Monday, 21 August 2017

Warwickshire Avon – Aioli and Adoxography

Greek Souvlaki, hummus, pitta, insanity salted chips and homemade proper aioli. The skewers of corn fed chicken thighs marinated overnight in Greek yoghurt, with lemon, minced garlic, oregano and a sprinkling of chilli flakes, for a little heat, wedges of red onion, red pepper, and courgette.

Whacked on the barbecue for a little while, a bottle of dry white….

There is something satisfying about simple home cooking….

The session in the morning was simple was well, back to a nice and deep part of the Avon, a lure rod, shoulder bag, net and unhooking mat. 

A 12g jig head and 12 cm lure was the order of the day and I’d change the lure from time to time for something bigger, something smaller so see what was doing.

The sky was clear the sun out so I after the 2nd cast when a Zander picked up the bait I was a little shocked, but this area can me like that, fish on some swims but not in others, it’s just the matter of going from peg to peg and see what is doing.

The Pike were active too, one lost a few other smaller fish banked and a tiny jack that had eyes bigger than its belly, but nothing of note.

Then a larger Zander turned up, it properly nailed the lure and I wondered if it could be the same fish that took the tail off one of the shads with an aggressive bite.

5lb 4oz and a great scrap on a short lure rod….

I do love a Zander and fancy trying some deads here in the winter to see what might turn up….

The bites got less throughout the morning so plenty of casting was required and when the same fish turned up, (I think) in two pegs down it was time to go.

An enjoyable morning that’s for sure, I need to do move of it….and less of these quick posts need some adoxography in my blogging. 

Saturday, 19 August 2017

River Ise - Flake Faith

As a fisherman we are always looking at opportunities to fish, and when the Wife booked a lodge for a cheap weeks break away through a disabled charity that owns and runs it, I was on to google maps like a flash.

Now recently turned 6 year old Sam accompanies me now and lots of my outings and even he asked can we go fishing when we are on holiday. I couldn't believe it to be honest, the River Ise was literally the end of the lodge and the Ise, in the past has been home to big Roach, and Big Roach is what I'm after to increase my blogger challenge points.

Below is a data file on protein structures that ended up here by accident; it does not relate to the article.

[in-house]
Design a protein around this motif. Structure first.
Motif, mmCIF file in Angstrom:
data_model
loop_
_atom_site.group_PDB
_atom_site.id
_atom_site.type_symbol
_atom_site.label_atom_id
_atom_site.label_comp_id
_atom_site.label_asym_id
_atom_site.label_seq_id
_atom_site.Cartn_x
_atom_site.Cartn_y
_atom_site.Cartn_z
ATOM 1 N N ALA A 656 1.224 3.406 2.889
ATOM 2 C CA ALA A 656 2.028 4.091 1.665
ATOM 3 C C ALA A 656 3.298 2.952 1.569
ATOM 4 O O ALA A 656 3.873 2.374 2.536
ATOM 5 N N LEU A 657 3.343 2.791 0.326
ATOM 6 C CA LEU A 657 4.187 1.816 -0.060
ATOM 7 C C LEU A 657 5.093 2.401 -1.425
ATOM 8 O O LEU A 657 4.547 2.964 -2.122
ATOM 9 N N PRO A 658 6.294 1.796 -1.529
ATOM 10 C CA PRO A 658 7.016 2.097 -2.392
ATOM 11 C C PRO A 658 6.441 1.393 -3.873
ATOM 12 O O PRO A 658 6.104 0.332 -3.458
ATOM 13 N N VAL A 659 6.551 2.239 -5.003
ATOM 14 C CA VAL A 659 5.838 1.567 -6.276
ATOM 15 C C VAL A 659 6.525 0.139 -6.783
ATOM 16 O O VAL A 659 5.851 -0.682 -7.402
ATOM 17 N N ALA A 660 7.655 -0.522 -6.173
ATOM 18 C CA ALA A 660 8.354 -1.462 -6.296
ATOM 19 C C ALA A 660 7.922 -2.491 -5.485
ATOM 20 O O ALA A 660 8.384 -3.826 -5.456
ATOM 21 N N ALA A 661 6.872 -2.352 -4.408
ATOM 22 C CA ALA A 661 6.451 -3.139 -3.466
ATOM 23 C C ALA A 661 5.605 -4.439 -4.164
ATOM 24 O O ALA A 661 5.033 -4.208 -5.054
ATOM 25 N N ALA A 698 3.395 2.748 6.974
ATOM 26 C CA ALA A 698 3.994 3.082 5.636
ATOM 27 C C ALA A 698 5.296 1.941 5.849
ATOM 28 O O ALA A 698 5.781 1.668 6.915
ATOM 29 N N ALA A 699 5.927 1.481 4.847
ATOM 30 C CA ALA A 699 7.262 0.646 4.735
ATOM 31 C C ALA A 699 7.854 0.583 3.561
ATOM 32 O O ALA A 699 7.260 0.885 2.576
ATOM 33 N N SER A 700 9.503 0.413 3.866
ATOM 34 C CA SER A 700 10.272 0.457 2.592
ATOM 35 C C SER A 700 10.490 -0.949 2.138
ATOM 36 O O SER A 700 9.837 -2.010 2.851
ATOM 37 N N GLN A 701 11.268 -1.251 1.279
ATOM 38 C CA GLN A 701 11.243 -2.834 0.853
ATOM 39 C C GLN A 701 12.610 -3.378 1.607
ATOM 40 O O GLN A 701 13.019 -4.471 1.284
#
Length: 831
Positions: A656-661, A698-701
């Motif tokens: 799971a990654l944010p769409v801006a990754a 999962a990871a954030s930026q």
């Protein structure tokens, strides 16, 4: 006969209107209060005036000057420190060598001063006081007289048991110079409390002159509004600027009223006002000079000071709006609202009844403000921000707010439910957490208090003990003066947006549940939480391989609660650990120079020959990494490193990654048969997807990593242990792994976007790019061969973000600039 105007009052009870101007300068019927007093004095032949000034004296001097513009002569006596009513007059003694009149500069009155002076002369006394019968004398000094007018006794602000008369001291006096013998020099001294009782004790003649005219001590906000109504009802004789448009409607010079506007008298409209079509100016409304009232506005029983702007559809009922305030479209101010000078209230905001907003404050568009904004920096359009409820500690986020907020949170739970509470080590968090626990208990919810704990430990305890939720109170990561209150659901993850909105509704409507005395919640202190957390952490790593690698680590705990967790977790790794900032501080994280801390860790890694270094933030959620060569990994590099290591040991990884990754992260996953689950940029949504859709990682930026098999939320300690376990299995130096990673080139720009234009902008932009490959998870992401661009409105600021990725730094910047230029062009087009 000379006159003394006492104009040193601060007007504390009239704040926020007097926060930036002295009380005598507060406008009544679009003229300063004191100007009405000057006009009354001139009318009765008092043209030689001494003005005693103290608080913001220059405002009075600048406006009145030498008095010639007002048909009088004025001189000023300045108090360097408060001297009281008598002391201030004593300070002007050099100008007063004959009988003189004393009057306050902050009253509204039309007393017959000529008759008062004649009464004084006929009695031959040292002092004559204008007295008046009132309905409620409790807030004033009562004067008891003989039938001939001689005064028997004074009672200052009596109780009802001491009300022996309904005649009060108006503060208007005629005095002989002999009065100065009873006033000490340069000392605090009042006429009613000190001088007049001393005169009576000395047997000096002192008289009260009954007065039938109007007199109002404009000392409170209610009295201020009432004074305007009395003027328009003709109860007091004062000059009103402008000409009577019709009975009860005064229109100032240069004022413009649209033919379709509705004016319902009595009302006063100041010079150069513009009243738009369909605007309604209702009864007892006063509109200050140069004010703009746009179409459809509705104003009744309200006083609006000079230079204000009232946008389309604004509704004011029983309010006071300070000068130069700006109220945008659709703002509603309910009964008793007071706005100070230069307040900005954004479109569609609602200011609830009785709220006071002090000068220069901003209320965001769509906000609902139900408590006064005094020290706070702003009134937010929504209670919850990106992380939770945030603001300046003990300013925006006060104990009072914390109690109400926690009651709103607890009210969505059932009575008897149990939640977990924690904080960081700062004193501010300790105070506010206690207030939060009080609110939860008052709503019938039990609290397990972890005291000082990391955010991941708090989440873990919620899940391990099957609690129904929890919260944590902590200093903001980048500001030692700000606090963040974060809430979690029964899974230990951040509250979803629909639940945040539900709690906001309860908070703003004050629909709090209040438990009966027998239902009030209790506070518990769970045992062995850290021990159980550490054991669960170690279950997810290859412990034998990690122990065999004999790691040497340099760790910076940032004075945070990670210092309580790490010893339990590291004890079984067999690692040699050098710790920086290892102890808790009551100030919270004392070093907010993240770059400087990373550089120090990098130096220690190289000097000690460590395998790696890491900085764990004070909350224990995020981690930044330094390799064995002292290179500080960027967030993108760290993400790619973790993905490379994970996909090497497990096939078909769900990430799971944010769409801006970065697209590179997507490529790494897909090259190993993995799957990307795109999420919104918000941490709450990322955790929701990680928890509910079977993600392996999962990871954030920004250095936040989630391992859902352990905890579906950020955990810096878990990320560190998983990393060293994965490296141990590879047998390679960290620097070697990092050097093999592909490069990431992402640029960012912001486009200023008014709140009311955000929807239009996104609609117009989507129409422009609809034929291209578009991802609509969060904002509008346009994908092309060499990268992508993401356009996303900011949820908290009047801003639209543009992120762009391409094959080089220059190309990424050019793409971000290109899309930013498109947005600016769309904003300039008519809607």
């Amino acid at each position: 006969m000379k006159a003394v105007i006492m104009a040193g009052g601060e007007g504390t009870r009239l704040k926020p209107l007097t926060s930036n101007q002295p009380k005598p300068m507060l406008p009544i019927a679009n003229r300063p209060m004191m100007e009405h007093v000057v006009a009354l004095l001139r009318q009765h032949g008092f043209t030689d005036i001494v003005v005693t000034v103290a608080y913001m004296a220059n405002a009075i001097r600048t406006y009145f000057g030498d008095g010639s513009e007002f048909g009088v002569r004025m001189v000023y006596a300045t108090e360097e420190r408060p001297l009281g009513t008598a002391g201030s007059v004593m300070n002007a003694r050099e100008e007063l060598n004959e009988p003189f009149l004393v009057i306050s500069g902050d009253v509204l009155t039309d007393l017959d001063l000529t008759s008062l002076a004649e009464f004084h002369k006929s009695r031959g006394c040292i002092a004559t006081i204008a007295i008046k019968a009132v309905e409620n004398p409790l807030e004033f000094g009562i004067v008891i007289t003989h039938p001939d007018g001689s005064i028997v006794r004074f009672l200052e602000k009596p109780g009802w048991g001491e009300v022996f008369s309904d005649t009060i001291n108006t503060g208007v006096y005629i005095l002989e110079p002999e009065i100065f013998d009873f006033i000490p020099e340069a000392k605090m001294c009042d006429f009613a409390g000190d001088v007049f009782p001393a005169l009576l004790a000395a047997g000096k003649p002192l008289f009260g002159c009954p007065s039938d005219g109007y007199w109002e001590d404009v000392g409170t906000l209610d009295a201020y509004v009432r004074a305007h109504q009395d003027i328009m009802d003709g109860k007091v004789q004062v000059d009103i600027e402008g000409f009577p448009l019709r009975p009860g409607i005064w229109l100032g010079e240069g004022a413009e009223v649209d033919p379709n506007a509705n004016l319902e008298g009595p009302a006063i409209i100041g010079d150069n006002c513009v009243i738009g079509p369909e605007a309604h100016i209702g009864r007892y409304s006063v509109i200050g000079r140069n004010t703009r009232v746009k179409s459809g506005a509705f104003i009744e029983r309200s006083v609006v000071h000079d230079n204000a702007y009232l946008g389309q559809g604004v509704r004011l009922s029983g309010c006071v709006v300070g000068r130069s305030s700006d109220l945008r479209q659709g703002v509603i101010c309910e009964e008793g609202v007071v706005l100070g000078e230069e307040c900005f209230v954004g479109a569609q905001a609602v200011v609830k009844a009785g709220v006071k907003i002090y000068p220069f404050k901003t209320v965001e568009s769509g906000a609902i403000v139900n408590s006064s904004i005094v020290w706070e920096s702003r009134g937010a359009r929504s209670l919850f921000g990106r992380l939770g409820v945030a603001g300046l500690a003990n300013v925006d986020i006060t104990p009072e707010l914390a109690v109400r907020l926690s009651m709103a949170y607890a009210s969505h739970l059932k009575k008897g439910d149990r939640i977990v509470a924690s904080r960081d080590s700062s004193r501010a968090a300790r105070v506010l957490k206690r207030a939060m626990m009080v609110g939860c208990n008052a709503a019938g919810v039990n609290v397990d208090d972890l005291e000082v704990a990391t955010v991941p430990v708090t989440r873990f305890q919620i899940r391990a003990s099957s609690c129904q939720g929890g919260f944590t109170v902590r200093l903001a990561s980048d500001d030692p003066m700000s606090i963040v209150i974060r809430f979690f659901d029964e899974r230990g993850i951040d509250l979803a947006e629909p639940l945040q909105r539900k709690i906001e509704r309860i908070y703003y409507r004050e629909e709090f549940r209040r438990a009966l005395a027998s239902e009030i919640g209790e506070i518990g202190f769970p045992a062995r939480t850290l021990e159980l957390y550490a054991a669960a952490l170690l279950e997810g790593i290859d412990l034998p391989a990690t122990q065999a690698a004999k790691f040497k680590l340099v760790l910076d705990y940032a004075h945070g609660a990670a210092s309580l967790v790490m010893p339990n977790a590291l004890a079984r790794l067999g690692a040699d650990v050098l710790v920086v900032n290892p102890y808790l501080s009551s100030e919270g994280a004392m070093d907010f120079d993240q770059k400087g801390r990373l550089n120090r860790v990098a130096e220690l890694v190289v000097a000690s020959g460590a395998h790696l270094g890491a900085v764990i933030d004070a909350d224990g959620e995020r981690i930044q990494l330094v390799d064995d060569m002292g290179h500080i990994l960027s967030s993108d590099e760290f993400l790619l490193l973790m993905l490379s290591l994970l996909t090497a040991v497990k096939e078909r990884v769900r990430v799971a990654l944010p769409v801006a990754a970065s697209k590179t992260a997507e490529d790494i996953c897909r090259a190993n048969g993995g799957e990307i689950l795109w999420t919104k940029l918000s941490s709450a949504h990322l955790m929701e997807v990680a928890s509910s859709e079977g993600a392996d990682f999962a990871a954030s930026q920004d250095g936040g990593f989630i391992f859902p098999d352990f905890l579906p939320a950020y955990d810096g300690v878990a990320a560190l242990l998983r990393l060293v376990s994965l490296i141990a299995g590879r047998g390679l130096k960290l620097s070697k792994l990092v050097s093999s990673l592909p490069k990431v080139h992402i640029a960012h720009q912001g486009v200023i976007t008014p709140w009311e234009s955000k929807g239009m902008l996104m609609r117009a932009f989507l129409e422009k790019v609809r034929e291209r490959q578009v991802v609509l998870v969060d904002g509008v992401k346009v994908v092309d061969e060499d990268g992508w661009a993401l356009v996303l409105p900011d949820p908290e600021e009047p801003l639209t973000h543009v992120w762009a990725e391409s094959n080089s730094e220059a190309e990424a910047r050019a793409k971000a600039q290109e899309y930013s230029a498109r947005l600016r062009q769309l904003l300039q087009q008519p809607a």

I know spots on the Warwickshire Avon chock full of Roach especially in the winter, but I've yet to bag anything remotely decent despite catching a bucket load of them, excuse the pun.

Now the Northamptonshire Ise after a little googling a tributary of the River Nene. The river rises in the very field that hosted the Battle of Naseby at the north-western tip of Northamptonshire. Flowing east past Desborough and the Eleanor cross at Geddington, through the grounds of Rushton Hall it then turns south and passes Kettering, through Wicksteed Park, past Barton Seagrave, Burton Latimer and Finedon before joining the Nene just south of Wellingborough.

Apparently It is also the only watercourse within Northamptonshire to contain grayling (thymallus thymallus).

In the past the large and big Roach population has diminished and the river changed in character aplenty from it's heyday and from what I found out largely unfitted these days. Then again what brook is, a commercial fishery is just round the corner.

Now on arriving, I was shocked just how chocker it was with reeds, and lilies and all manner of other plants, it also appeared to have little or no flow.

Time for a bit of exploring, the sun was up you see, and perfect conditions for fish spotting....

And look what we found, there were a few clear areas, and my God, it was tap water clear, but within a 100 yard stretch there was more than enough fishing spots to dangle a bit of bread flake.

After 10 minutes exploring fish were spotted, a group of Chub, biggest looked around 4lb, a Pike a tiny Pike and what I was after, the red fin. You see under an overhanging tree there was a group of Roach that were sat in their sanctuary, enjoying the peace that they won't have for long.